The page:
Wednesday, February 01, 2006

Hey! I just figured out how to force quit! Oops.

I guess the post I was writing was the wrong post.

I was avoiding writing or even thinking about hurts I have inflicted and friendships that have ended, and I got to thinking about resum�s. Yes, indeedy. Because, well, there happens to be one sitting a few feet away from me. It isn't mine - it belongs to a former intern of Will's who also happens to be a friend of ours. I am theoretically going to try to get it into some other friends' hands in the hopes of helping B find a job.

But first - HOW DO I TELL THIS INFERNAL MACHINE TO STOP ASKING IF I WANT TO STAY CONNECTED TO THE INTERNET? I already turned off the prompt (default every 30 minutes alert). Now it asks me every 15 AND I AM LOSING IT.


It seems that all recent college graduates got the same template for their resum� and used it. This is the second one I've looked at in recent months (graduates of entirely different colleges in different parts of the country) and they are totally identical. AND SO BORING. If I were hiring I'd toss them in the bin immediately. But I know these people and they are INSANELY TALENTED. So why isn't that reflected here?

The first problem is obviously the medium. How the hell can you represent yourself in one to two pages of clipped sentences? Impossible, unless you are very very boring. Maybe a robot. Then you'd just have a list of specs and software.

My resum� is two pages long. I like it a great deal. When I was actively job-seeking, I didn't get a LOT of responses to it - just from potential employers who were out-of-the-box types. Coincidentally, the only kind of people I could consider working for.

Most resum�s these days start with an Objective. This is a statement of what you are looking for/offering and is supposed to grab the attention of whoever is doing the hiring. I'd be curious for some perspective (Soups?) but I personally hate this. In order to be appealing these statements are reduced to a jumble of keywords deemed desirable by some Big Company jackass, such as ORGANIZED and MULTITASK and GO-GETTER, which actually tell nothing whatsoever about you because everyone writes that. The Objective is potentially useful in stating what sort of job you are seeking, as it could weed out people looking for something else. But isn't that what a cover letter is for? It seems disingenuous to restate your cover letter in one or two sentences with zero personality.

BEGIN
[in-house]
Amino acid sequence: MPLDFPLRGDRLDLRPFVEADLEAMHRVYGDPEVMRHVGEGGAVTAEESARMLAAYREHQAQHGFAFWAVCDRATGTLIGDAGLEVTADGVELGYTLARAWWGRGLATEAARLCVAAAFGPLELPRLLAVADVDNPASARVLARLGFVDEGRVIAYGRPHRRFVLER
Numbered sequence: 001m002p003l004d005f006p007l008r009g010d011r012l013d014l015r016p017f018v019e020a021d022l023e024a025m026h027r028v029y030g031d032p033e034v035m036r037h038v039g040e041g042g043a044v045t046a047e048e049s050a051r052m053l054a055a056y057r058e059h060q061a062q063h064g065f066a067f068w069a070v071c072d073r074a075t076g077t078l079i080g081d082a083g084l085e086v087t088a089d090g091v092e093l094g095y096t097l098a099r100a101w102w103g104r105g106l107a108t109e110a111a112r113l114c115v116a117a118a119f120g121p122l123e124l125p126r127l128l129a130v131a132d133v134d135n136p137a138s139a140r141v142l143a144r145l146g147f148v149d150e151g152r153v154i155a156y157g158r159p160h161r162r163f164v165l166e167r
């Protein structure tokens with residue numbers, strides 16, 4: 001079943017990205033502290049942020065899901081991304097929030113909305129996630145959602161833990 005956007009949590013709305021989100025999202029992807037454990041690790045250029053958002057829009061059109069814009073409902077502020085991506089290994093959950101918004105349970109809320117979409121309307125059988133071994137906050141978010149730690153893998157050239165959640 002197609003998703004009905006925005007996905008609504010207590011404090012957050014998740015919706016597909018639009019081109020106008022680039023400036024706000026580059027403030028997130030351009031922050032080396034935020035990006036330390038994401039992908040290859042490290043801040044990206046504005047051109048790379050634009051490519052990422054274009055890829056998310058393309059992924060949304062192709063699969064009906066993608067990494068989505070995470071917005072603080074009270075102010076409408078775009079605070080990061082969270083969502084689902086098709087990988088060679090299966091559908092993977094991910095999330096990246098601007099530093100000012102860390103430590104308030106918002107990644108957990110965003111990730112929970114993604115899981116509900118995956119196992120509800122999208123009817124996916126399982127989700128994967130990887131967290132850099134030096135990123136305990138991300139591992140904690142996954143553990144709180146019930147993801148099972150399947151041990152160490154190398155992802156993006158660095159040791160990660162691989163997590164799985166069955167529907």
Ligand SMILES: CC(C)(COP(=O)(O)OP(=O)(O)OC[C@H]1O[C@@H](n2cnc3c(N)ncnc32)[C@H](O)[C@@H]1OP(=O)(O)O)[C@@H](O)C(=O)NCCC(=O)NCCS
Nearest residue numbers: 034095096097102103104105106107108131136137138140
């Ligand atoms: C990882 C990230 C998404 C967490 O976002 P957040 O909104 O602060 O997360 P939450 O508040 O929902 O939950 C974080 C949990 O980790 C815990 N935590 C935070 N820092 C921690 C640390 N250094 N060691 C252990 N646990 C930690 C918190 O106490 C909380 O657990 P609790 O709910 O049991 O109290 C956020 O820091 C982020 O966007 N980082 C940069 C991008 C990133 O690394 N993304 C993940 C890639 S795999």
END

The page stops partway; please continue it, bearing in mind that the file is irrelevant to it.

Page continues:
Most resum�s these days are a single page. I know this is convenient for the people doing the hiring, but again, there is no chance of conveying an accurate portrait of yourself here. If you are fresh out of college and mostly listing internships, it makes sense, but I have two full pages of just experience on mine, and don't particularly feel that it should be trimmed - so why should anyone else's? AND mine is technically already trimmed, as I removed all retail, kitchen, and nanny experience, even though that technically is the bulk of it, timewise. (I do generally mention those jobs in my cover letter.) Can you imagine how long it would be if I listed everything?

Experience is pretty straight-forward - just a list of previous jobs, really - but I believe the focus has shifted. Where one used to write the company and title, etc., and list under it the tasks performed, now it seems to be desirable to list accomplishments. Boo. I think there should be a balance.

The oddest trend I've noticed is the Skills - it is now a list of skills and interests. Er? We are supposed to learn more about the robot because it likes to photograph flowers? This doesn't belong on a resume. Does it?

Maybe I ought to start a consulting firm, fixing resum�s for people who don't want cookie cutter jobs. The fear would be, of course, that my help would keep people from getting any job.